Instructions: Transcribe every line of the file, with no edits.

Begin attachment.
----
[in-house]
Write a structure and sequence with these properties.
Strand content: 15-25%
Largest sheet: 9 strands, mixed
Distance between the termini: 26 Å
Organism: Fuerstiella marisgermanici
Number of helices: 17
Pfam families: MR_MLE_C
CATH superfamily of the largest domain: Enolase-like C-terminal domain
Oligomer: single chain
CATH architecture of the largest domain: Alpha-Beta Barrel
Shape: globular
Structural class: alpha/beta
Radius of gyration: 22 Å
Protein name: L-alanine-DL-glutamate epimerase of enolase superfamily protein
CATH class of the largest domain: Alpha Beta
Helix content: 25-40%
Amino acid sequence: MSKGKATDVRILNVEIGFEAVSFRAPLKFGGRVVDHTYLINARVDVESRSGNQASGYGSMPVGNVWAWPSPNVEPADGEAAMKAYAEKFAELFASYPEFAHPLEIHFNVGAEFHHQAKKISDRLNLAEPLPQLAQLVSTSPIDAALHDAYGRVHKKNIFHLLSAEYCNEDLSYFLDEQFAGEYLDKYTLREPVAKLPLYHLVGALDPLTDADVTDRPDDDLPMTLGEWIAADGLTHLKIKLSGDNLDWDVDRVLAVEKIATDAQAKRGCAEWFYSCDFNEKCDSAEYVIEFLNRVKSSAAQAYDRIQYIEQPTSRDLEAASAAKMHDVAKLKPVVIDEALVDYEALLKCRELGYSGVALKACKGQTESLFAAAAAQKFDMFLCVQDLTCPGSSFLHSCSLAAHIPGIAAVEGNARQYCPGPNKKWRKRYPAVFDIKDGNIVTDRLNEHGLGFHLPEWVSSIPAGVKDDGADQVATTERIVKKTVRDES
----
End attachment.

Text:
[in-house]
Write a structure and sequence with these properties.
Strand content: 15-25%
Largest sheet: 9 strands, mixed
Distance between the termini: 26 Å
Organism: Fuerstiella marisgermanici
Number of helices: 17
Pfam families: MR_MLE_C
CATH superfamily of the largest domain: Enolase-like C-terminal domain
Oligomer: single chain
CATH architecture of the largest domain: Alpha-Beta Barrel
Shape: globular
Structural class: alpha/beta
Radius of gyration: 22 Å
Protein name: L-alanine-DL-glutamate epimerase of enolase superfamily protein
CATH class of the largest domain: Alpha Beta
Helix content: 25-40%
Amino acid sequence: MSKGKATDVRILNVEIGFEAVSFRAPLKFGGRVVDHTYLINARVDVESRSGNQASGYGSMPVGNVWAWPSPNVEPADGEAAMKAYAEKFAELFASYPEFAHPLEIHFNVGAEFHHQAKKISDRLNLAEPLPQLAQLVSTSPIDAALHDAYGRVHKKNIFHLLSAEYCNEDLSYFLDEQFAGEYLDKYTLREPVAKLPLYHLVGALDPLTDADVTDRPDDDLPMTLGEWIAADGLTHLKIKLSGDNLDWDVDRVLAVEKIATDAQAKRGCAEWFYSCDFNEKCDSAEYVIEFLNRVKSSAAQAYDRIQYIEQPTSRDLEAASAAKMHDVAKLKPVVIDEALVDYEALLKCRELGYSGVALKACKGQTESLFAAAAAQKFDMFLCVQDLTCPGSSFLHSCSLAAHIPGIAAVEGNARQYCPGPNKKWRKRYPAVFDIKDGNIVTDRLNEHGLGFHLPEWVSSIPAGVKDDGADQVATTERIVKKTVRDES